He never came off as arrogant or cruel, just more or less unaffected by the ups and downs of love and with Maxwell Davis behind him making sure the songs swung enough to avoid any hint of despondency it was a winning combination.

Though he mostly sticks to that persona here, the title That Was Your Last Mistake – Goodbye sort of betrays that image just a little, making it come across as vindictive when that’s not exactly the way he’s approaching it within the song itself. Though the lyrics do in fact take some shots at her after she did something to set him off, he’s remarkably calm about it all and it’s that cool indifferent reception to her pleas that makes this song work.

In theory this runs counter to a lot of what we love about rock ‘n’ roll – the unbridled emotion that so often dominates the performances which was rarely allowed to reveal itself in pure pop, jazz and blues. But you need something every once in awhile to offset that trend just so the music doesn’t become predictable by always aiming for the same response.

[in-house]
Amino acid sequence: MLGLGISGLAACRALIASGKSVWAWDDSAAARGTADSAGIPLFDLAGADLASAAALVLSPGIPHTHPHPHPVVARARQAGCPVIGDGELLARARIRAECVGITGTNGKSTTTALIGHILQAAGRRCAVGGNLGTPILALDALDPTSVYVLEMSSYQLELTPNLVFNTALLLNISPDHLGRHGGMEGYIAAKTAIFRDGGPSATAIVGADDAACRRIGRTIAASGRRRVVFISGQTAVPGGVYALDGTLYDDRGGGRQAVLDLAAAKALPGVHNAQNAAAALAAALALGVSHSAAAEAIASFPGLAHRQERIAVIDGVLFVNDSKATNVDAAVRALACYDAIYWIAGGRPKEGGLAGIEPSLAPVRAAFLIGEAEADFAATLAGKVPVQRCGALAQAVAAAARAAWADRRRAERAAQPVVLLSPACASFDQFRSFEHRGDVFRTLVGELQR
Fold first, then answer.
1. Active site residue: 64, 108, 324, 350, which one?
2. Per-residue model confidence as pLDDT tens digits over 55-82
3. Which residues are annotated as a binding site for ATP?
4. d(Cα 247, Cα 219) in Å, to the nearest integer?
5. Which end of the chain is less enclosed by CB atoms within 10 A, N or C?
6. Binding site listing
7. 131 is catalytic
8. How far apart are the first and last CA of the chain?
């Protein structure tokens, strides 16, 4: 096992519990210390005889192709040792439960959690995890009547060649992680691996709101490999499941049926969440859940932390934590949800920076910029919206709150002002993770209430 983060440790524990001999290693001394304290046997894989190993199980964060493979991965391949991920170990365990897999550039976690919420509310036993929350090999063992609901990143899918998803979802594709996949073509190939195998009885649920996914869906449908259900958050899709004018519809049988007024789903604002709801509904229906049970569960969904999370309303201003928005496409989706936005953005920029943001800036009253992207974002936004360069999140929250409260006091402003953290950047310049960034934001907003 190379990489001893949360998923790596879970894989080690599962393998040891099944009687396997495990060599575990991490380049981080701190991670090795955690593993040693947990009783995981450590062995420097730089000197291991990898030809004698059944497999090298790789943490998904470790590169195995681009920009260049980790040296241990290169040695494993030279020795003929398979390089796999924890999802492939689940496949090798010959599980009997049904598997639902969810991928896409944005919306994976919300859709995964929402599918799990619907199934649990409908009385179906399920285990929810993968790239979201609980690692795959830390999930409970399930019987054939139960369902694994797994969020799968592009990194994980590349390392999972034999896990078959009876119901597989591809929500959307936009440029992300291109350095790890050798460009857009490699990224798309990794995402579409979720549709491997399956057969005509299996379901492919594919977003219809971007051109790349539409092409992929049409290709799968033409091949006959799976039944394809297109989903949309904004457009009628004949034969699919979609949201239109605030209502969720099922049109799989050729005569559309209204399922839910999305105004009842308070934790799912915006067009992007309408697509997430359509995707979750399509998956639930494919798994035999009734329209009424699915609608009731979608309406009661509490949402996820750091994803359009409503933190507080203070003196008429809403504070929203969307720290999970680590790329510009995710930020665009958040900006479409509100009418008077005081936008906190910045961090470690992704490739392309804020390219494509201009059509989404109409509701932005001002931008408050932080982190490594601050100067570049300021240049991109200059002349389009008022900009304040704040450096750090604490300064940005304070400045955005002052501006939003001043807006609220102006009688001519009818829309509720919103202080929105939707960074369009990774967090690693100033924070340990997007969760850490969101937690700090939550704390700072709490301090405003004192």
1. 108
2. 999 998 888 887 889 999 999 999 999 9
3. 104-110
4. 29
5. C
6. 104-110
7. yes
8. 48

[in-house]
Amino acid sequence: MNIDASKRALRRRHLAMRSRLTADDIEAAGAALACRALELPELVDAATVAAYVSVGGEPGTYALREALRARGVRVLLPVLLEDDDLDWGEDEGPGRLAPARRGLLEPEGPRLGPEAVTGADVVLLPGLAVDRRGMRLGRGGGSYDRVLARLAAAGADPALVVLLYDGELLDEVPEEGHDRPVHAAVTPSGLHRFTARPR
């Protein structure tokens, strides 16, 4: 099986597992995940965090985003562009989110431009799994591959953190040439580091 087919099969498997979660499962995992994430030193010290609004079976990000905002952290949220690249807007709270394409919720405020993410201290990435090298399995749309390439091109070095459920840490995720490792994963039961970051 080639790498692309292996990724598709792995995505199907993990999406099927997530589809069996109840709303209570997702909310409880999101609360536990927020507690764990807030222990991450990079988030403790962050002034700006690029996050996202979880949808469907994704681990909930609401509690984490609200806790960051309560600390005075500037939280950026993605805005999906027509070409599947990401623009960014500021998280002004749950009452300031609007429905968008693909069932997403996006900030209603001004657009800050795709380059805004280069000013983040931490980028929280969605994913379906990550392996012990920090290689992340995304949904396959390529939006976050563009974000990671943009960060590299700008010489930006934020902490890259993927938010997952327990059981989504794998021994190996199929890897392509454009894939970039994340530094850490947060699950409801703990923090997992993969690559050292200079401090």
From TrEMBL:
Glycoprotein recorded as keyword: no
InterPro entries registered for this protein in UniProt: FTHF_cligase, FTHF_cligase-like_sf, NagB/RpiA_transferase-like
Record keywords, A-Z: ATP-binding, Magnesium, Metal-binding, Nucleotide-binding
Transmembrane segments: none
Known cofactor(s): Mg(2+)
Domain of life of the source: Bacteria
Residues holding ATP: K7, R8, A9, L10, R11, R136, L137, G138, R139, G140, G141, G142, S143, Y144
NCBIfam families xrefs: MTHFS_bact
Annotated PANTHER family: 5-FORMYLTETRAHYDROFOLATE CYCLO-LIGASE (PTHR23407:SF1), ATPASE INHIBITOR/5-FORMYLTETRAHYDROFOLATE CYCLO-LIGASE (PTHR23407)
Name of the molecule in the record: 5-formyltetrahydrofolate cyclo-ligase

Milburn’s laconic attitude did that perfectly, showing guys in the rock audience the benefits of always maintaining control over yourself when facing any disappointment in love. He was clearly done wrong here – probably cheated on – yet he’s the one walking away from the girl with his dignity intact, making it seem as if he’s dumping her.

The story may be fairly basic but the message is strong and Amos’s delivery combined with the deceptively surging arrangement carries it home.


No Matter What You Do Or Say
When conveying ideas through words, whether written or spoken – or presumably sung as well – getting to the point quickly and efficiently probably guarantees more people will stick around to the end and take in everything you have to say.